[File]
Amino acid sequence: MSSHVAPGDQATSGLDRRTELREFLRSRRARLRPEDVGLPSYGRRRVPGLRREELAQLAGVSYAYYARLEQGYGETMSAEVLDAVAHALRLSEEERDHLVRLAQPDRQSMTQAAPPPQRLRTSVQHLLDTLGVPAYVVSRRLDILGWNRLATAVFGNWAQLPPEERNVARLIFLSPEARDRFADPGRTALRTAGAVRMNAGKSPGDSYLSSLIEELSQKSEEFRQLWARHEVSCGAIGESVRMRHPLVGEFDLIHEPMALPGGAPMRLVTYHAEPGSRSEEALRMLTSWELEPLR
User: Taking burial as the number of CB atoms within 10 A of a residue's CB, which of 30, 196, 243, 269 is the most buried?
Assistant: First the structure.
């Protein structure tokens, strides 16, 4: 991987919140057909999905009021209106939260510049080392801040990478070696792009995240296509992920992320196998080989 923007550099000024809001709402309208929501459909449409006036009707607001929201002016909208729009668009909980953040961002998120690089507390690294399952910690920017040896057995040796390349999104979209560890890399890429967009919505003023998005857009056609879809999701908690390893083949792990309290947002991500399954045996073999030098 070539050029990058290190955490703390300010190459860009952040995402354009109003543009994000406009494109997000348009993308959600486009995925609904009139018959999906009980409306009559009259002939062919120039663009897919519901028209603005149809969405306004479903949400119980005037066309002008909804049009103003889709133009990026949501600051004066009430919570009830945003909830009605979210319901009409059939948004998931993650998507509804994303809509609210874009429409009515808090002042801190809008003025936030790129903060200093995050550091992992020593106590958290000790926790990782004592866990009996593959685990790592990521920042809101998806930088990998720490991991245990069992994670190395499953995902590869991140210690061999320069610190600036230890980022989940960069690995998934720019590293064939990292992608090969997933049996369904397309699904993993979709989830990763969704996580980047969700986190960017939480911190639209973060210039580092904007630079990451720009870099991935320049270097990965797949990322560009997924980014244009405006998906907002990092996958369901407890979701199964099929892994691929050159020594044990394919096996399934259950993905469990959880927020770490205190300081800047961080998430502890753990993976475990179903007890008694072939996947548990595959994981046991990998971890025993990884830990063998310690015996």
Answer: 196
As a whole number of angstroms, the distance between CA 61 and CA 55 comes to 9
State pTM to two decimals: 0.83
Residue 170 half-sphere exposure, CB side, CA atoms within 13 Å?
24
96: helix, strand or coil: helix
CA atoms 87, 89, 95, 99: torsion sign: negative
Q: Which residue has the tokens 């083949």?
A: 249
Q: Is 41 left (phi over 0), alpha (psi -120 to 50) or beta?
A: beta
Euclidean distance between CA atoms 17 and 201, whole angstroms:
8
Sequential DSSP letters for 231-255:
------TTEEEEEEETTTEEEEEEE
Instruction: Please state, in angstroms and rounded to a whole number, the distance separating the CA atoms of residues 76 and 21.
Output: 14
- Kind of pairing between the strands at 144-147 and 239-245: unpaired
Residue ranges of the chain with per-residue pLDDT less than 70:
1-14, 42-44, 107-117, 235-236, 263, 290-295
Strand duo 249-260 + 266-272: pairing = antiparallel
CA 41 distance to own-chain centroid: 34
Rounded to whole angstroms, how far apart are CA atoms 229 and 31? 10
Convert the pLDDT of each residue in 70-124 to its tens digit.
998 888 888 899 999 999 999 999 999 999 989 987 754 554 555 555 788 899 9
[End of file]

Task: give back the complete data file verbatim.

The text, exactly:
Amino acid sequence: MSSHVAPGDQATSGLDRRTELREFLRSRRARLRPEDVGLPSYGRRRVPGLRREELAQLAGVSYAYYARLEQGYGETMSAEVLDAVAHALRLSEEERDHLVRLAQPDRQSMTQAAPPPQRLRTSVQHLLDTLGVPAYVVSRRLDILGWNRLATAVFGNWAQLPPEERNVARLIFLSPEARDRFADPGRTALRTAGAVRMNAGKSPGDSYLSSLIEELSQKSEEFRQLWARHEVSCGAIGESVRMRHPLVGEFDLIHEPMALPGGAPMRLVTYHAEPGSRSEEALRMLTSWELEPLR
User: Taking burial as the number of CB atoms within 10 A of a residue's CB, which of 30, 196, 243, 269 is the most buried?
Assistant: First the structure.
């Protein structure tokens, strides 16, 4: 991987919140057909999905009021209106939260510049080392801040990478070696792009995240296509992920992320196998080989 923007550099000024809001709402309208929501459909449409006036009707607001929201002016909208729009668009909980953040961002998120690089507390690294399952910690920017040896057995040796390349999104979209560890890399890429967009919505003023998005857009056609879809999701908690390893083949792990309290947002991500399954045996073999030098 070539050029990058290190955490703390300010190459860009952040995402354009109003543009994000406009494109997000348009993308959600486009995925609904009139018959999906009980409306009559009259002939062919120039663009897919519901028209603005149809969405306004479903949400119980005037066309002008909804049009103003889709133009990026949501600051004066009430919570009830945003909830009605979210319901009409059939948004998931993650998507509804994303809509609210874009429409009515808090002042801190809008003025936030790129903060200093995050550091992992020593106590958290000790926790990782004592866990009996593959685990790592990521920042809101998806930088990998720490991991245990069992994670190395499953995902590869991140210690061999320069610190600036230890980022989940960069690995998934720019590293064939990292992608090969997933049996369904397309699904993993979709989830990763969704996580980047969700986190960017939480911190639209973060210039580092904007630079990451720009870099991935320049270097990965797949990322560009997924980014244009405006998906907002990092996958369901407890979701199964099929892994691929050159020594044990394919096996399934259950993905469990959880927020770490205190300081800047961080998430502890753990993976475990179903007890008694072939996947548990595959994981046991990998971890025993990884830990063998310690015996």
Answer: 196
As a whole number of angstroms, the distance between CA 61 and CA 55 comes to 9
State pTM to two decimals: 0.83
Residue 170 half-sphere exposure, CB side, CA atoms within 13 Å?
24
96: helix, strand or coil: helix
CA atoms 87, 89, 95, 99: torsion sign: negative
Q: Which residue has the tokens 């083949």?
A: 249
Q: Is 41 left (phi over 0), alpha (psi -120 to 50) or beta?
A: beta
Euclidean distance between CA atoms 17 and 201, whole angstroms:
8
Sequential DSSP letters for 231-255:
------TTEEEEEEETTTEEEEEEE
Instruction: Please state, in angstroms and rounded to a whole number, the distance separating the CA atoms of residues 76 and 21.
Output: 14
- Kind of pairing between the strands at 144-147 and 239-245: unpaired
Residue ranges of the chain with per-residue pLDDT less than 70:
1-14, 42-44, 107-117, 235-236, 263, 290-295
Strand duo 249-260 + 266-272: pairing = antiparallel
CA 41 distance to own-chain centroid: 34
Rounded to whole angstroms, how far apart are CA atoms 229 and 31? 10
Convert the pLDDT of each residue in 70-124 to its tens digit.
998 888 888 899 999 999 999 999 999 999 989 987 754 554 555 555 788 899 9